unwrapping the key file.

If -k is also specified, -T identifies the unwrapping key, which
must be an RSA private key.

-e Generate an ephemeral symmetric encryption key.


The following operands are supported:

One of: aes-128-cbc, aes-192-cbc, aes-256-cbc, des3-cbc,

device Display the file name associated with the block device device.

Without arguments, print a list of the current associations.
Filenames must be valid absolute pathnames.

When a file is added, it is opened for reading or writing by root.
Any restrictions apply (such as restricted root access over NFS).
The file is held open until the association is removed. It is not
actually accessed until the block device is used, so it will never
be written to if the block device is only opened read-only.

Note that the filename may appear as "?" if it is not possible to
resolve the path in the current context (for example, if it's an
NFS path in a non-global zone).

file Display the block device associated with file.

Path to a file of the appropriate length, in bits, to use as a raw
symmetric encryption key.

PKCS#11 token object in the format:


All but the key label are optional and can be empty. For example,
to specify a token object with only its key label MylofiKey, use -T

Path to file containing a symmetric encryption key wrapped by the
RSA private key specified by -T.


See environ(5) for descriptions of the following environment variables that
affect the execution of lofiadm : LC_CTYPE, LC_MESSAGES and NLSPATH.


The following exit values are returned:

0 Successful completion.

>0 An error occurred.


Example 1 Mounting an Existing CD-ROM Image
You should ensure that Solaris understands the image before
creating the CD. lofi allows you to mount the image and see if it

This example mounts an existing CD-ROM image (sparc.iso), of the
Red Hat 6.0 CD which was downloaded from the Internet. It was
created with the mkisofs utility from the Internet.

Use lofiadm to attach a block device to it:

# lofiadm -a /home/mike_s/RH6.0/sparc.iso

lofiadm picks the device and prints the device name to the standard
output. You can run lofiadm again by issuing the following

# lofiadm
Block Device File Options
/dev/lofi/1 /home/mike_s/RH6.0/sparc.iso -

Or, you can give it one name and ask for the other, by issuing the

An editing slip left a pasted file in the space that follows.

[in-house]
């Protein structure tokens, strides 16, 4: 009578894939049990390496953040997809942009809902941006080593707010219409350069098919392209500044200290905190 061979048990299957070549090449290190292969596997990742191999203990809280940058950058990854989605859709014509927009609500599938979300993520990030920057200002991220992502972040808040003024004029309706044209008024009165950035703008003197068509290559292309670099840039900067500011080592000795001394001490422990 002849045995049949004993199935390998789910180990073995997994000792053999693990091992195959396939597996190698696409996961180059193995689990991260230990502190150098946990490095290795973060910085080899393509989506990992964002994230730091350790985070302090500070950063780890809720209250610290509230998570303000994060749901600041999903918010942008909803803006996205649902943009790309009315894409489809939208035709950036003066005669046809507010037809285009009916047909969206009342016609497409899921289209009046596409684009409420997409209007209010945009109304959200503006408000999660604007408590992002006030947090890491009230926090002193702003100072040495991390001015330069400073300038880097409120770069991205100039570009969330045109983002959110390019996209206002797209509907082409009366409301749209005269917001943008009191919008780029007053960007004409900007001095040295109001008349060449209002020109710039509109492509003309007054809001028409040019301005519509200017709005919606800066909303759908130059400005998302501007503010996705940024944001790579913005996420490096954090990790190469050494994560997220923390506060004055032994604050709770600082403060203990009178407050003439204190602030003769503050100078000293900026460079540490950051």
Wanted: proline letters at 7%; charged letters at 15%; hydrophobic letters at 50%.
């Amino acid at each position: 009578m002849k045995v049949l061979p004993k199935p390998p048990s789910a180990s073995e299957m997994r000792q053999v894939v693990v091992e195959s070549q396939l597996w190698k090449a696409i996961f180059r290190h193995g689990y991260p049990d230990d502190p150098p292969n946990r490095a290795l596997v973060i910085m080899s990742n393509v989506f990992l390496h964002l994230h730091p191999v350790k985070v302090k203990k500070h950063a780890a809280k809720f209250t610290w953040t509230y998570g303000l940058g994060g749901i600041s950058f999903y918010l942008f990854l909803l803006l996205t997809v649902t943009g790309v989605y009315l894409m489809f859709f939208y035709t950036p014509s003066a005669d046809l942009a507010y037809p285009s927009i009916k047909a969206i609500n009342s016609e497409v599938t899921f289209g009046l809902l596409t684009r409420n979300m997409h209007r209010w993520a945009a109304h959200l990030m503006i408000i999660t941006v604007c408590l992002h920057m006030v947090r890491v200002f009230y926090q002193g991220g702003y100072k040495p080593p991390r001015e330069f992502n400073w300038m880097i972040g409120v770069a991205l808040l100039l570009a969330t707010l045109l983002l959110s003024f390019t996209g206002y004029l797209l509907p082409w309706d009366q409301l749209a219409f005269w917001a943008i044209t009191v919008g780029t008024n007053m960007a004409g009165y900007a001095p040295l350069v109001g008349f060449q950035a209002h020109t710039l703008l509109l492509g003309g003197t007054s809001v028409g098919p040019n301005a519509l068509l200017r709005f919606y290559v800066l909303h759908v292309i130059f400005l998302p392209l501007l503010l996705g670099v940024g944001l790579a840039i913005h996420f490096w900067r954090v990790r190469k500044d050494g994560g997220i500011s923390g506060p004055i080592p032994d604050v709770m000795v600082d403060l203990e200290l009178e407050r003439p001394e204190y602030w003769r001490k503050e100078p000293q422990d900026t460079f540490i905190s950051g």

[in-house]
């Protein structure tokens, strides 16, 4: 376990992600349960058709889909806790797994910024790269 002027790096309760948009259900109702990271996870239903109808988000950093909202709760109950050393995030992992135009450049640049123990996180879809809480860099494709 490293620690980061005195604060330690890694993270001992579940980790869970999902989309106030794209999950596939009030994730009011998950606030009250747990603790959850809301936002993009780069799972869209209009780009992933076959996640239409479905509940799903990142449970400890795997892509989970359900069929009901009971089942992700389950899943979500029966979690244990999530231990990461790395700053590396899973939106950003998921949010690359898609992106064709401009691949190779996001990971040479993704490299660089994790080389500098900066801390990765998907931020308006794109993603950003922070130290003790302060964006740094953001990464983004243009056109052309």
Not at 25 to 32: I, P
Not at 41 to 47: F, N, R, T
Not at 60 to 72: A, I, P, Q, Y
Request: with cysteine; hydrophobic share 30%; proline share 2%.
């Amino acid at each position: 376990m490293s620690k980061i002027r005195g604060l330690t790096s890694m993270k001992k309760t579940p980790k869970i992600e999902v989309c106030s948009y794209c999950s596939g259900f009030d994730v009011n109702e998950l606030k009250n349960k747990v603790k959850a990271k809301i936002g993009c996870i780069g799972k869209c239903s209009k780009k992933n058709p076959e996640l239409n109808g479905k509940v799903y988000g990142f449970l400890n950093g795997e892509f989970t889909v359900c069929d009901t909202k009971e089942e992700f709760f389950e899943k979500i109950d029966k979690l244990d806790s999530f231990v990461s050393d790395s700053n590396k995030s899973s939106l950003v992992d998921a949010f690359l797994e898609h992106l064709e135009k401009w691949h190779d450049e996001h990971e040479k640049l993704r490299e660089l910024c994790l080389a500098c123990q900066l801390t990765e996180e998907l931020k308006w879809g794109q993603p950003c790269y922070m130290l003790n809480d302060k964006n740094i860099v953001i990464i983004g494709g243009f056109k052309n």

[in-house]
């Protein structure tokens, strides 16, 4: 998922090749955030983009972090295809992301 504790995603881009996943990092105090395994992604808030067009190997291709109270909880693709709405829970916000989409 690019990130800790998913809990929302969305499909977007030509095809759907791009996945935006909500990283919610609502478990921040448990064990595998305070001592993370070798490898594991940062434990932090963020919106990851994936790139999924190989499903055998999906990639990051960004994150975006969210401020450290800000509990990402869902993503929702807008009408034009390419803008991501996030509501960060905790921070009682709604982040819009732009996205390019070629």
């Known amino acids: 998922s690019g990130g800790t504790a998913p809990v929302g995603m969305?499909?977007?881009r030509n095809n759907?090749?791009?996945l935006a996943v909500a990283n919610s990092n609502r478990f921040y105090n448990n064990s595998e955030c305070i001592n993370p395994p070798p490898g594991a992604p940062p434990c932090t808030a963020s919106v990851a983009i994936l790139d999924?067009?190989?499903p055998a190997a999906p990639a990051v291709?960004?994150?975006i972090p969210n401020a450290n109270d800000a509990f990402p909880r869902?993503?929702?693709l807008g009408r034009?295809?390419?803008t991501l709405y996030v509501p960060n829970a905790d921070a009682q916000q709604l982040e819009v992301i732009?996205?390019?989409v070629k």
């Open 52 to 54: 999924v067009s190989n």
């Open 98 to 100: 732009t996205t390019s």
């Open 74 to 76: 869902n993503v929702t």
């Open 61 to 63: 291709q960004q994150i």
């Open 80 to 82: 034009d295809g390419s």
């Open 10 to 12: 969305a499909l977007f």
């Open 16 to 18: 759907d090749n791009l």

following command:

# lofiadm /dev/lofi/1

Use the mount(1M) command to mount the image:

# mount -F hsfs -o ro /dev/lofi/1 /mnt

Check to ensure that Solaris understands the image:

# df -k /mnt
Filesystem kbytes used avail capacity Mounted on
/dev/lofi/1 512418 512418 0 100% /mnt
# ls /mnt
./ RedHat/ doc/ ls-lR rr_moved/
../ TRANS.TBL dosutils/ ls-lR.gz sbin@
.buildlog bin@ etc@ misc/ tmp/
COPYING boot/ images/ mnt/ usr@
README boot.cat* kernels/ modules/
RPM-PGP-KEY dev@ lib@ proc/

Solaris can mount the CD-ROM image, and understand the filenames.
The image was created properly, and you can now create the CD-ROM
with confidence.

As a final step, unmount and detach the images:

# umount /mnt
# lofiadm -d /dev/lofi/1
# lofiadm
Block Device File Options

Example 2 Mounting a Floppy Image
This is similar to the first example.

Using lofi to help you mount files that contain floppy images is
helpful if a floppy disk contains a file that you need, but the
machine which you are on does not have a floppy drive. It is also
helpful if you do not want to take the time to use the dd command
to copy the image to a floppy.

This is an example of getting to MDB floppy for Solaris on an x86

# lofiadm -a /export/s28/MDB_s28x_wos/latest/boot.3
# mount -F pcfs /dev/lofi/1 /mnt
# ls /mnt
# umount /mnt
# lofiadm -d /export/s28/MDB_s28x_wos/latest/boot.3

Example 3 Making a UFS Filesystem on a File
Making a UFS filesystem on a file can be useful, particularly if a
test suite requires a scratch filesystem. It can be painful (or
annoying) to have to repartition a disk just for the test suite,
but you do not have to. You can newfs a file with lofi.

Create the file:

# mkfile 35m /export/home/test

Attach it to a block device. You also get the character device
that newfs requires, so newfs that:

# lofiadm -a /export/home/test
# newfs /dev/rlofi/1
newfs: construct a new file system /dev/rlofi/1: (y/n)? y
/dev/rlofi/1: 71638 sectors in 119 cylinders of 1 tracks, 602 sectors
35.0MB in 8 cyl groups (16 c/g, 4.70MB/g, 2240 i/g)
super-block backups (for fsck -F ufs -o b=#) at:
32, 9664, 19296, 28928, 38560, 48192, 57824, 67456,

Note that ufs might not be able to use the entire file. Mount and
use the filesystem:

# mount /dev/lofi/1 /mnt
# df -k /mnt
Filesystem kbytes used avail capacity Mounted on
/dev/lofi/1 33455 9 30101 1% /mnt